Attention investment decisions are unfortunately harder than they seem, because it is not just a simple matter of calculating the effort to be saved through automation on one hand, and the time needed to write the code on the other. Writing code for a new automation problem requires some original thought, analysing which parts of the repeated operation will be the same every time, which parts will be different, and how. Even where many of the repeated cases are very similar, there could be exceptions, like the example of ‘Seymour Articlet’ that I described earlier. And if the automation code fails to do the right thing with exceptions, as in my own case with ‘Articlet’, it may take a lot more attention to fix up the embarrassing consequences later.
So investments of attention are associated with uncertainty and risk. Uncertainty about exactly how much time it will take to write (and debug) automation code, and risk that the investment might not pay off. There is even risk in estimating how big the payoff is going to be. I was writing as though people always know in advance whether a particular action is going to be repeated 50 times or a million times. But often, you haven’t yet seen the future situations in which your script or macro might be used. It’s a common experience that a company imagines some situation that they expect is going to occur millions of times, hires programmers to automate it, and then finds that this situation never happens again. Such things can happen because there turns out to be no demand for a product, or perhaps because government regulations change, meaning that a certain algorithmic calculation, totally compulsory until a certain date, never needs to be done by anybody again after that day.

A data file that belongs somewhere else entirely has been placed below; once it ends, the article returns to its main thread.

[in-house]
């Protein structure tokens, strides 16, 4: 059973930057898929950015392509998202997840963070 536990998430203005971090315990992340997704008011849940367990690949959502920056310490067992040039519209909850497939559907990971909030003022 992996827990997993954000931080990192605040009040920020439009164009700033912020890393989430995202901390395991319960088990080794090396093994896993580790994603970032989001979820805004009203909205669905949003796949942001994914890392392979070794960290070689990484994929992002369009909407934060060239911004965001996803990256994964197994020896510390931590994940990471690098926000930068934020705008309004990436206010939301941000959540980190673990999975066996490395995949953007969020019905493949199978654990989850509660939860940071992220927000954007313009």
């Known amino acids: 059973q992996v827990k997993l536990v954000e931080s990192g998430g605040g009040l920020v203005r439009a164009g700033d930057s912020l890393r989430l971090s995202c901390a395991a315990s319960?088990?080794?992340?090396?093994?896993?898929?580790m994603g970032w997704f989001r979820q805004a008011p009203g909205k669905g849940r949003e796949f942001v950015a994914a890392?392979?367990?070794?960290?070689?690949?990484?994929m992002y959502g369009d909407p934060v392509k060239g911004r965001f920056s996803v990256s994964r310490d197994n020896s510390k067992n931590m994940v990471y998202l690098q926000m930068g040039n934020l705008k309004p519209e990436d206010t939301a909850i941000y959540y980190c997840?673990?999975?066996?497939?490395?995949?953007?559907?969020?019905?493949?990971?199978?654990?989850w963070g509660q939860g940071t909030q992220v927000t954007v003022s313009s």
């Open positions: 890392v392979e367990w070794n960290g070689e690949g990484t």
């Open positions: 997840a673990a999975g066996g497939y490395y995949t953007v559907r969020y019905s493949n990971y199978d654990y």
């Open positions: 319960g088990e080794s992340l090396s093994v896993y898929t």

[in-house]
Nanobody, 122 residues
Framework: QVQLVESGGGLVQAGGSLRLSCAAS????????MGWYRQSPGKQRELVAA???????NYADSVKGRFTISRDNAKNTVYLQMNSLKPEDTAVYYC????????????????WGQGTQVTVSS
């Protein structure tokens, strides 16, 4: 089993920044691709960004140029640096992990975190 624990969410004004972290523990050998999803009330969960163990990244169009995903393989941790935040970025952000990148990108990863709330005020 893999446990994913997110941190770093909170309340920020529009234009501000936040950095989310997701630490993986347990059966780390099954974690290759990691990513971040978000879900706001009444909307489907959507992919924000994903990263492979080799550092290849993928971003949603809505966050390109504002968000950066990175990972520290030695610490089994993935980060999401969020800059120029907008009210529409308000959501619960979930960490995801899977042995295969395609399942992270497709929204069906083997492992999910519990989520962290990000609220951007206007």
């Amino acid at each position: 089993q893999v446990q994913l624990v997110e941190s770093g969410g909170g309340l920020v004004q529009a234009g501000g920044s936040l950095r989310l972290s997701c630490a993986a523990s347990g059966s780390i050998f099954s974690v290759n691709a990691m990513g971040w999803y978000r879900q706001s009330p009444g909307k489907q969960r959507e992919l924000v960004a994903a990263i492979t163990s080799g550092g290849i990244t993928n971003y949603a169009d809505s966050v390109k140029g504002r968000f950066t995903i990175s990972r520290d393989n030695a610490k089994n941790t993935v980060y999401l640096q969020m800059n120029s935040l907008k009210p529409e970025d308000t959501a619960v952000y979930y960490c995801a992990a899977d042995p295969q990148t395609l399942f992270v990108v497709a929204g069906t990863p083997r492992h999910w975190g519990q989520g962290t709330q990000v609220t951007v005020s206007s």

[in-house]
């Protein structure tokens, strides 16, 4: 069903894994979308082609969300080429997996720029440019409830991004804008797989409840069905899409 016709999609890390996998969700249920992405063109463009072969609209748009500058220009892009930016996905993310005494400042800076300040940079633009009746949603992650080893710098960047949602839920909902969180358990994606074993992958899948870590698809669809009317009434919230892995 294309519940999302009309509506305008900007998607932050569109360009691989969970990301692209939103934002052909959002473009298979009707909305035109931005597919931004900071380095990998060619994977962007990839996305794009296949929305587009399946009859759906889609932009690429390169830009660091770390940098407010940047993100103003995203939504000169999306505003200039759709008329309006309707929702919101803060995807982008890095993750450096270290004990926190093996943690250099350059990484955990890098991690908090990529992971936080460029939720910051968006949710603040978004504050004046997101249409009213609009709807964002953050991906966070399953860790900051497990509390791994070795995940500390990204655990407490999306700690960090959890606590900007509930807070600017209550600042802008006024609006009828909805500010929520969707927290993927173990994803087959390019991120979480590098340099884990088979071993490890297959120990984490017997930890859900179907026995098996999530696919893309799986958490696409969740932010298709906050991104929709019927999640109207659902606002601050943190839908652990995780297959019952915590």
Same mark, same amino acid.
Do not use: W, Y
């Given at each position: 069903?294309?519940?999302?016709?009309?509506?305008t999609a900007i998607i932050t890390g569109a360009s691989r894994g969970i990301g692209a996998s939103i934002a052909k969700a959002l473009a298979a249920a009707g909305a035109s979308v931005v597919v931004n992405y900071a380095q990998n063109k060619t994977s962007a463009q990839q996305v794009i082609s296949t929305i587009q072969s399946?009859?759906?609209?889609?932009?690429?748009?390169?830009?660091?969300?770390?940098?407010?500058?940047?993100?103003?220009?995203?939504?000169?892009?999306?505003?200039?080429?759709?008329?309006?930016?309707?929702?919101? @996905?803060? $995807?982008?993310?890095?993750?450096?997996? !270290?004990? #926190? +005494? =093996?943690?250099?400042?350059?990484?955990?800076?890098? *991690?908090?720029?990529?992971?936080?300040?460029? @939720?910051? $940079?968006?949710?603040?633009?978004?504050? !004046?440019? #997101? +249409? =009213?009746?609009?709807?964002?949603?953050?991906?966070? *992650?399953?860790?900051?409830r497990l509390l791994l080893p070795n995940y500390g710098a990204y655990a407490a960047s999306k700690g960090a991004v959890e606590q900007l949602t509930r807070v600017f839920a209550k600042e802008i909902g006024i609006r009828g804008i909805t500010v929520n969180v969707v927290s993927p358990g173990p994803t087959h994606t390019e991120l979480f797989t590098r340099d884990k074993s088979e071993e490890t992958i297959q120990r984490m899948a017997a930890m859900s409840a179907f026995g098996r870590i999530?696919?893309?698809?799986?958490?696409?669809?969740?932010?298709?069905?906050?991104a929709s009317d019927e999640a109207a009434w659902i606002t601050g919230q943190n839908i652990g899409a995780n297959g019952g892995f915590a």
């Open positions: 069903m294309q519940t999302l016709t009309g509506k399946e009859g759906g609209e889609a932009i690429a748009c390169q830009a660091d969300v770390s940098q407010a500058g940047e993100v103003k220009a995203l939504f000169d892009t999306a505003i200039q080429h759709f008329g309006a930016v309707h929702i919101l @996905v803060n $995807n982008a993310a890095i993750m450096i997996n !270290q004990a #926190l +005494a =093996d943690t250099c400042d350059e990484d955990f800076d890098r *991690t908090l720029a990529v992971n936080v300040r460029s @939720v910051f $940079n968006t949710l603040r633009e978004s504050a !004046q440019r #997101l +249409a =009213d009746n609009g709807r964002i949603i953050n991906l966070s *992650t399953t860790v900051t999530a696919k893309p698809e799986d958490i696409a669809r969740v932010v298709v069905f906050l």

There is also a lot of uncertainty in estimating how hard it is going to be to write a particular piece of code. Writing code can sometimes be very hard, for example if you need to use a programming language you have never used before, meaning that you have to acquire a lot of background knowledge before even starting. On the other hand, it could be trivially easy, for example if it turns out that somebody else on the internet has written exactly the piece of code you need, with instructions on how to use it, so that your first search result solves the problem immediately. Even professional programmers are very cautious with estimating in advance the amount of time required to write a new piece of code.
This means that attention investment decisions involve a trade-off between two kinds of activity. One of them varies in a relatively predictable way according to the size of the job (the number of actions to be repeated). The other varies in an unpredictable way, according to the amount of expertise and previous experience that you might have. In practice, people make their attention investment decisions on the basis of their personal biases and expectations – thinking fast, rather than thinking slow, in the terminology introduced by behavioural economist Daniel Kahneman.
Some decisions are perfectly sensible, for example to hire a programmer for that million-task problem. But other personal biases routinely result in the wrong decision. A common experience among working programmers is to get frustrated by some repetitive task, and decide “I could write a program to do this”. Five hours later, the program is finished, but they could have finished the original task in 30 minutes. Even more common, there is some moderately annoying task where you think “I never want to do this again”, so you spend the time writing a program to do it instead. And then nobody ever does ask you to do it again (or perhaps they do, but you’ve forgotten where you stored the program), so the whole investment was pointless.